“Instead, they placed the items in a charitable remainder trust, received a tax deduction for part of the value, received income from the trust and then gave a sum to a charity of their choice.”
A charitable remainder trust is a tax-exempt irrevocable trust that is created to decrease taxable income of people, by initially giving income to the beneficiaries of the trust for a set period of time and then donating the rest of the trust funds to a designated charity.
Financial Advisor’s recent article entitled “Putting Art Into Charitable Remainder Trusts” says that people who have valuable artwork or other collectibles that are hard to divide or that their kids don’t want, can investigate a charitable remainder trust with an estate planning attorney as an option.
A Charitable Remainder Trust is designed to save asset owners taxes that they would have to pay, if they sold their artworks on the open market. CRTs are also designed so that when they expire, they allow philanthropically inclined individuals help their favorite charitable organizations.
Many people with higher net worth hold about a tenth of their wealth in art and collectibles. Due to the nature of the assets, the value may be hard to split up among their heirs, or no one heir may want that specific piece of art. A charitable remainder trust gives the art or collectible owner a solution to that issue. The trust will reduce her taxable income, by first dispersing income to the trust beneficiaries for a certain period of time and then the remainder is donated to a charity.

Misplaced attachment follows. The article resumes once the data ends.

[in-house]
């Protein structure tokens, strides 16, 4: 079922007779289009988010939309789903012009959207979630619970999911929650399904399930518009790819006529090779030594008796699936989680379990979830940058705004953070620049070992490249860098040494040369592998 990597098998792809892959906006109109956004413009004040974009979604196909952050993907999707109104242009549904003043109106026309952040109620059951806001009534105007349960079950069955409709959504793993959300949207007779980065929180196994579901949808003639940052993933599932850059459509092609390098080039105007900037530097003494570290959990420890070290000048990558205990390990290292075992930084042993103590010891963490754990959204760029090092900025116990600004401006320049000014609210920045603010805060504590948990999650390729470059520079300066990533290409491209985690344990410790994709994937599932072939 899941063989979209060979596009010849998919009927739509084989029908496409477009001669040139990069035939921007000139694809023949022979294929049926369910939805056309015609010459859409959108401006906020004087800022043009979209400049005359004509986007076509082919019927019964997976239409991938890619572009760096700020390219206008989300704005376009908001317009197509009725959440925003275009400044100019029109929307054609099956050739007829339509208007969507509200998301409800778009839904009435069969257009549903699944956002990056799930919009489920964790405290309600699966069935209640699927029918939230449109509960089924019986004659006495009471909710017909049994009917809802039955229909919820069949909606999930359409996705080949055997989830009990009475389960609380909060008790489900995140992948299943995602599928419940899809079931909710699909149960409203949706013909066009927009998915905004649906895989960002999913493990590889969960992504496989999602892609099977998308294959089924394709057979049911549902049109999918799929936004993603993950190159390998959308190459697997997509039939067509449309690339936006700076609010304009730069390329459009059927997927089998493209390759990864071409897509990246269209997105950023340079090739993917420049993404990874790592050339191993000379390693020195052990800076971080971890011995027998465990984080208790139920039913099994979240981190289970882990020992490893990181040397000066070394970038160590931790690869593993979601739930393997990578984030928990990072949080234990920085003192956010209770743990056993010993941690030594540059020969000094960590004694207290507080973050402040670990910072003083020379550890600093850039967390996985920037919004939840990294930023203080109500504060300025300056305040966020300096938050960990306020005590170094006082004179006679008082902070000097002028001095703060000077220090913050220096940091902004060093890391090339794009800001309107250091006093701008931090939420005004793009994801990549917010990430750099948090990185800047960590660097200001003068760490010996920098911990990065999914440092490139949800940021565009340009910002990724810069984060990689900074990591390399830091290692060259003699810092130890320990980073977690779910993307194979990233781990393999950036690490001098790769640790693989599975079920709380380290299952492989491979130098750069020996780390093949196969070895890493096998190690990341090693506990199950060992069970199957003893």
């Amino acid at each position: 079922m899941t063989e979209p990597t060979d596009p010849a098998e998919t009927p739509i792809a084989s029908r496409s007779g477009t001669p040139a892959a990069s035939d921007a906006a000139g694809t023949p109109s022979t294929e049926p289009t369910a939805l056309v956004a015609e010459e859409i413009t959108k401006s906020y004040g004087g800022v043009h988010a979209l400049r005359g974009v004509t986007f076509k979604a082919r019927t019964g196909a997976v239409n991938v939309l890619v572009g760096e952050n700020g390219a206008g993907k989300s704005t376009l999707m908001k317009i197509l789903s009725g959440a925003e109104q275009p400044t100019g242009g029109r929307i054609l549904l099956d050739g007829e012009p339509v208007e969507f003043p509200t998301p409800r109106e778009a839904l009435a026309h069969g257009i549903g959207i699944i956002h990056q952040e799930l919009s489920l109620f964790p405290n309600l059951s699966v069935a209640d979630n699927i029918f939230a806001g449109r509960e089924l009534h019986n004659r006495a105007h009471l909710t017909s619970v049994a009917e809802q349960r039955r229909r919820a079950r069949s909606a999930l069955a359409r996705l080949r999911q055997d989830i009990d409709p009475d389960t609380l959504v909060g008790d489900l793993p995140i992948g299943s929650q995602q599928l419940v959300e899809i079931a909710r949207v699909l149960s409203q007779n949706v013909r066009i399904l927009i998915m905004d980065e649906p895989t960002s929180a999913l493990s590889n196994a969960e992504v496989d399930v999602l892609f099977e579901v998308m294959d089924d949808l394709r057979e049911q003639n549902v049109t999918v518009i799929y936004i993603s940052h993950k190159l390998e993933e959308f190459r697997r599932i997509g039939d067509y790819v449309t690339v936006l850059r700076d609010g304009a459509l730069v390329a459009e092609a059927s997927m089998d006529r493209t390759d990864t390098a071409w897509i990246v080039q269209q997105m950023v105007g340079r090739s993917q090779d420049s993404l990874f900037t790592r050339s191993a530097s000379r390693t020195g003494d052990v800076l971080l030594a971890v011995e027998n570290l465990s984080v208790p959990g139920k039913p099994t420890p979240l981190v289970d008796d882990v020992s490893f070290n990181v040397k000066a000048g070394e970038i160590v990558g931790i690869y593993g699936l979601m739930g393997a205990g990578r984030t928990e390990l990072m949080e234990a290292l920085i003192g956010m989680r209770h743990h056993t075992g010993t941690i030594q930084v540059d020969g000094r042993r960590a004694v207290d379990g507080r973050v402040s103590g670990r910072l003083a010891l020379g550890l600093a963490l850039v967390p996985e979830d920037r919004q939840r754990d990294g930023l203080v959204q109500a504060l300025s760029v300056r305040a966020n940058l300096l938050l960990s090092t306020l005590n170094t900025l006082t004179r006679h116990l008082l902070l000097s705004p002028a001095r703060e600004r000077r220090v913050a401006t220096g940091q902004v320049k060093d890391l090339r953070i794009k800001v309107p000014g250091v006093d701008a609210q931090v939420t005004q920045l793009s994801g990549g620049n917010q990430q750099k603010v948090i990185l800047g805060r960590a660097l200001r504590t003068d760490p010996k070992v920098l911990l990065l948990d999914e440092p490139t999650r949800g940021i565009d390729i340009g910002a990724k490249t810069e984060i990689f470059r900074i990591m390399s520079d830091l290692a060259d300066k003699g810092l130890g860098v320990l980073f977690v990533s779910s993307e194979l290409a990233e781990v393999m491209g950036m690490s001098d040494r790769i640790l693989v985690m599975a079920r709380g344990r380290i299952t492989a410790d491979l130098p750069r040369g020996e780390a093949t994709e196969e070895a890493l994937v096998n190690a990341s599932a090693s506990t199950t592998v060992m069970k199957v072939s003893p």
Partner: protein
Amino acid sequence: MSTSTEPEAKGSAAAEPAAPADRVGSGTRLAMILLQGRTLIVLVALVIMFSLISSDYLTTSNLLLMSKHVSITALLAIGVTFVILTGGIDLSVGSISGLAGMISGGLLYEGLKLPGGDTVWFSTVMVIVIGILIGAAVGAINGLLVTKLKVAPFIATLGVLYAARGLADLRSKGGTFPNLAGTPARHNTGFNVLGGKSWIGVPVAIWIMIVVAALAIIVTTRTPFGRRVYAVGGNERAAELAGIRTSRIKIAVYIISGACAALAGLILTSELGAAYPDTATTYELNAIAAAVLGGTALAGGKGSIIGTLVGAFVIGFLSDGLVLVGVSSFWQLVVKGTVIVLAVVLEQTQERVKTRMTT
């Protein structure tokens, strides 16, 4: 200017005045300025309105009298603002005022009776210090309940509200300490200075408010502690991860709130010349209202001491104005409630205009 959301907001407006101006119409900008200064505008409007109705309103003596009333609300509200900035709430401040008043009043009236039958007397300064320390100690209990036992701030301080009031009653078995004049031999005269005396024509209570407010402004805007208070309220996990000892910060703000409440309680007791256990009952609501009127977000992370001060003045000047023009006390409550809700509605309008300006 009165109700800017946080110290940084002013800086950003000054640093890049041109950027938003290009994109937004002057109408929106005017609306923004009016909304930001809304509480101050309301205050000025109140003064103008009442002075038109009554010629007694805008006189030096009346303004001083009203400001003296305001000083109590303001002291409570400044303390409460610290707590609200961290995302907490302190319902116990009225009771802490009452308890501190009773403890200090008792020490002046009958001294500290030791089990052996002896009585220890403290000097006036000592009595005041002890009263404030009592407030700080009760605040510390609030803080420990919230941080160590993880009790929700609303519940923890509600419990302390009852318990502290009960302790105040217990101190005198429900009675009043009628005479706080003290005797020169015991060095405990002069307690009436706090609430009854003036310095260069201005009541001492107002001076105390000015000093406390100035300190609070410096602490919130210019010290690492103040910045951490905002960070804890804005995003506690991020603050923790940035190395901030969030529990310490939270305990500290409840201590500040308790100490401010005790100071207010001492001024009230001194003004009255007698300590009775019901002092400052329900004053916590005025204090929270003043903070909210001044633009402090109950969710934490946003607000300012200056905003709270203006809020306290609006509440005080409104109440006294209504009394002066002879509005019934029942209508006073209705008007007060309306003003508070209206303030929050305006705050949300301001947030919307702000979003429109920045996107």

It’s important to note that art markets are quirky, and a CRT protects an owner from forcing her into a fire sale, when she or a trustee is trying to divide the estate.
For example, say the parents purchased a number of pieces of artwork on a European vacation and shipped them back to the United States. They have three children, but there’s one piece of art that’s more valuable than the others. As a result, there was no way to equitably divide the pieces. If they sold the pieces outright, there would be a 28% tax imposed.
However, the parents could instead place the artwork in a charitable remainder trust, get a tax deduction for part of the value, get income from the trust and then give a sum to a selected charity.
The asset can be held in the trust until one owner dies, until both parents pass, or for up to a certain number of years, based on how the trust is set up. Contact an estate planning attorney experienced in charitable planning strategies.
Reference: Financial Advisor (Feb. 21, 2020) “Putting Art Into Charitable Remainder Trusts”